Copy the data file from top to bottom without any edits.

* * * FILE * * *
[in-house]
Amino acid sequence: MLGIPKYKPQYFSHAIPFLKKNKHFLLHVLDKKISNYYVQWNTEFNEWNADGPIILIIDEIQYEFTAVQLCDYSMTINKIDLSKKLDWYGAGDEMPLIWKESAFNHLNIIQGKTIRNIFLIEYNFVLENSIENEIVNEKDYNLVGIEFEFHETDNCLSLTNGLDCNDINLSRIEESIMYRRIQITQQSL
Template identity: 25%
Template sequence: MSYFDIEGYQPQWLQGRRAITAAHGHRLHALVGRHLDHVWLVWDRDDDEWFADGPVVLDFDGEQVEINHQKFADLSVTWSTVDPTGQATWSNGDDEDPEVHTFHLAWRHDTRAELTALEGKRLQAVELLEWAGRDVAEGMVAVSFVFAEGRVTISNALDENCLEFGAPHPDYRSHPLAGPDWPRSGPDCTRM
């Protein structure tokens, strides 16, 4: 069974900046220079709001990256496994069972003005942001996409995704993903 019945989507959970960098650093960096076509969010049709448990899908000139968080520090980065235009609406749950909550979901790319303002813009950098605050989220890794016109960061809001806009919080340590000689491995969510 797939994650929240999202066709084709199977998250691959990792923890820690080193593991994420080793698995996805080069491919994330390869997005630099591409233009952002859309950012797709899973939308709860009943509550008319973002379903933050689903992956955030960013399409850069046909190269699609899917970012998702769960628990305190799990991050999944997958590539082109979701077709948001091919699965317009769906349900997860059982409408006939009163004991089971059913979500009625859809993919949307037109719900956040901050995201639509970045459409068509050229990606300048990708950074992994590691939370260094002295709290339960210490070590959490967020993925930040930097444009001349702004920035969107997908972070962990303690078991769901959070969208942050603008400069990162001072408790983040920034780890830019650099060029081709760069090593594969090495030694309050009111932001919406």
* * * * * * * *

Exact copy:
[in-house]
Amino acid sequence: MLGIPKYKPQYFSHAIPFLKKNKHFLLHVLDKKISNYYVQWNTEFNEWNADGPIILIIDEIQYEFTAVQLCDYSMTINKIDLSKKLDWYGAGDEMPLIWKESAFNHLNIIQGKTIRNIFLIEYNFVLENSIENEIVNEKDYNLVGIEFEFHETDNCLSLTNGLDCNDINLSRIEESIMYRRIQITQQSL
Template identity: 25%
Template sequence: MSYFDIEGYQPQWLQGRRAITAAHGHRLHALVGRHLDHVWLVWDRDDDEWFADGPVVLDFDGEQVEINHQKFADLSVTWSTVDPTGQATWSNGDDEDPEVHTFHLAWRHDTRAELTALEGKRLQAVELLEWAGRDVAEGMVAVSFVFAEGRVTISNALDENCLEFGAPHPDYRSHPLAGPDWPRSGPDCTRM
């Protein structure tokens, strides 16, 4: 069974900046220079709001990256496994069972003005942001996409995704993903 019945989507959970960098650093960096076509969010049709448990899908000139968080520090980065235009609406749950909550979901790319303002813009950098605050989220890794016109960061809001806009919080340590000689491995969510 797939994650929240999202066709084709199977998250691959990792923890820690080193593991994420080793698995996805080069491919994330390869997005630099591409233009952002859309950012797709899973939308709860009943509550008319973002379903933050689903992956955030960013399409850069046909190269699609899917970012998702769960628990305190799990991050999944997958590539082109979701077709948001091919699965317009769906349900997860059982409408006939009163004991089971059913979500009625859809993919949307037109719900956040901050995201639509970045459409068509050229990606300048990708950074992994590691939370260094002295709290339960210490070590959490967020993925930040930097444009001349702004920035969107997908972070962990303690078991769901959070969208942050603008400069990162001072408790983040920034780890830019650099060029081709760069090593594969090495030694309050009111932001919406």